Meshing organic and industrial shapes, these lights cast dramatic shadows through an 8-bladed floral-inspired form. A mix of hand-driven and computer-aided machines have been used in the construction of these lights, which are designed and produced in Tasmania, Australia.

The 8 curved blades slot into a custom anodised aluminium central bracket and are held in place independently with custom clamps and small grub screws. The bracket then fixes into a turned Tasmanian Blackwood nose cone cover cap. The pendants are easily assembled, with an instructional video available online.

The Propeller Blossom Pendant Light comes with a standard 2 m long cord in black cloth with a black ceiling rose, E27 light fitting, custom-made aluminium bracket, Tasmanian Eucalyptus petal inspired blades and turned Tasmanian Blackwood nose cone cover cap.

The Propeller Blossom 1000 mm diameter is the latest edition to the Propeller range. Currently we have lights with diameters from 350mm all the way up to 1550 mm. This light is approximately 1050 mm in diameter and has presence both in the dramatic shadows cast, but also the over all form of the object. The size makes it suitable for high ceiling spaces and architectural void spaces.

Tasmania is a small island, and it is always important to consider markets outside of our geographic location when designing. Keeping this in mind, we ensured this feature light was easy to assemble at the other end, whilst maintaining minimal flat pack envelope for such a large decorative light source.

Inspiration and Process
The form for this light was first inspired by nature and the physical making process. The original form came about through experimenting with different grain orientations of some thin plywood that I had. By physically playing with the materials and light sources I was able to discover the form for the original smaller Propeller Pendant Light. Each blade was inspired by floral petals and leaves, and through the twisting of the ply, the propeller form was discovered.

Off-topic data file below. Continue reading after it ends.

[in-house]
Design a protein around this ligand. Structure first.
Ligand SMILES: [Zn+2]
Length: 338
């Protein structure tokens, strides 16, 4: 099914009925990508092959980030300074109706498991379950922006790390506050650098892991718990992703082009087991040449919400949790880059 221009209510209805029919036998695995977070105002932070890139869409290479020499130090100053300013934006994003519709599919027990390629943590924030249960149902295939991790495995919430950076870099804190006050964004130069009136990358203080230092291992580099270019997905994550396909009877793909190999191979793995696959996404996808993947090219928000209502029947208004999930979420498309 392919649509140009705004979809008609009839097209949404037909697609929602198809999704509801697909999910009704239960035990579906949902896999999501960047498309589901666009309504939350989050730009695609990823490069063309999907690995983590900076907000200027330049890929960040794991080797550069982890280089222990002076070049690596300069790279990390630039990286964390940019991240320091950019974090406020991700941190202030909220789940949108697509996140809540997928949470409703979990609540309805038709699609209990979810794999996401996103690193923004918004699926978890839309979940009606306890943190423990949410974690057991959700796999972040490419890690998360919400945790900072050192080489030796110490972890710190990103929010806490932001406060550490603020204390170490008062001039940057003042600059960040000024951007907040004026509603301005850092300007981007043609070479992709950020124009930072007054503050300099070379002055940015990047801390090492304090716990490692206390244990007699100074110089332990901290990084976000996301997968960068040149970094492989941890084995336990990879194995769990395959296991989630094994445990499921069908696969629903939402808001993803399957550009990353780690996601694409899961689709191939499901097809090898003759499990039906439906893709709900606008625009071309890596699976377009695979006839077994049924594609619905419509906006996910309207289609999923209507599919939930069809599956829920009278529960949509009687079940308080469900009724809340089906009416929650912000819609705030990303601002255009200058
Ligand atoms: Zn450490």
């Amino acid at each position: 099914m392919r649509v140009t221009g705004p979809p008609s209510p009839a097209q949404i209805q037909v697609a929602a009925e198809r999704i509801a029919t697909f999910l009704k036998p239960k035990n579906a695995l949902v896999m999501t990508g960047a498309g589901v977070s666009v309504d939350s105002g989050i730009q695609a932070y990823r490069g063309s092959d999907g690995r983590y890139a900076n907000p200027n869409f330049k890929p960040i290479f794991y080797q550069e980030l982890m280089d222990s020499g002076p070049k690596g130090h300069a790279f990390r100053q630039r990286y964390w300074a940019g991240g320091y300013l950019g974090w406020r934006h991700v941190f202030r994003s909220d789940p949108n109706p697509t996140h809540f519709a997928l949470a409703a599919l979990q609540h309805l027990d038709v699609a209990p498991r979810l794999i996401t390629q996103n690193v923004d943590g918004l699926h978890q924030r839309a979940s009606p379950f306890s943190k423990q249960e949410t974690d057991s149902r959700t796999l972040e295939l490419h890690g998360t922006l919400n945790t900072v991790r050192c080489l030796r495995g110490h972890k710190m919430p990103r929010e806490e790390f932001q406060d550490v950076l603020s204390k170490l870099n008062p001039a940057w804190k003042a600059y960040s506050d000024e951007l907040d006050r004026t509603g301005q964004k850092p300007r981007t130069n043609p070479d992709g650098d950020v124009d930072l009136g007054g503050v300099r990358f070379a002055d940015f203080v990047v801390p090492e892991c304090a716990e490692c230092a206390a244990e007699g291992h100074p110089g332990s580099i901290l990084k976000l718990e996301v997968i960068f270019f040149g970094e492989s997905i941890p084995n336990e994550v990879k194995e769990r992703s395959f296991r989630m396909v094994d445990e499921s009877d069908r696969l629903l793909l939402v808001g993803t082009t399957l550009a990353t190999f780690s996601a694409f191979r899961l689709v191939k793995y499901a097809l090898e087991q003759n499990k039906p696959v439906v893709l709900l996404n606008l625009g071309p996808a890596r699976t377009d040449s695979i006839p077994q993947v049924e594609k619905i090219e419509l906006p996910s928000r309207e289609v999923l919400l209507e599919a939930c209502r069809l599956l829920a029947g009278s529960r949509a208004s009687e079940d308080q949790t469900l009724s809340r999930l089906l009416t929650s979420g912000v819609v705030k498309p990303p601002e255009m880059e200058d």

This process of ‘hand-design’ is integral to the way in which my products and light installations come about. I tend to be quite hands-on, experimenting with materials and light sources in the physical world to see how the light performs through and around a form or object.

This process of inspiration and design is somewhat governed by my lack of ability to use mouse driven computer aided drawing or visualisation programs, as I am legally blind with less than 5% vision left, concentrated around the periphery. The way that I experience light bursting from the periphery is showcased in the final product or installation of many of my designs. The Blossom is not an exception to this. The light dispersing through the gaps showcases how the twisted blades can illuminate an area, while still create interesting, and relaxing ambient light and shadow patterns.

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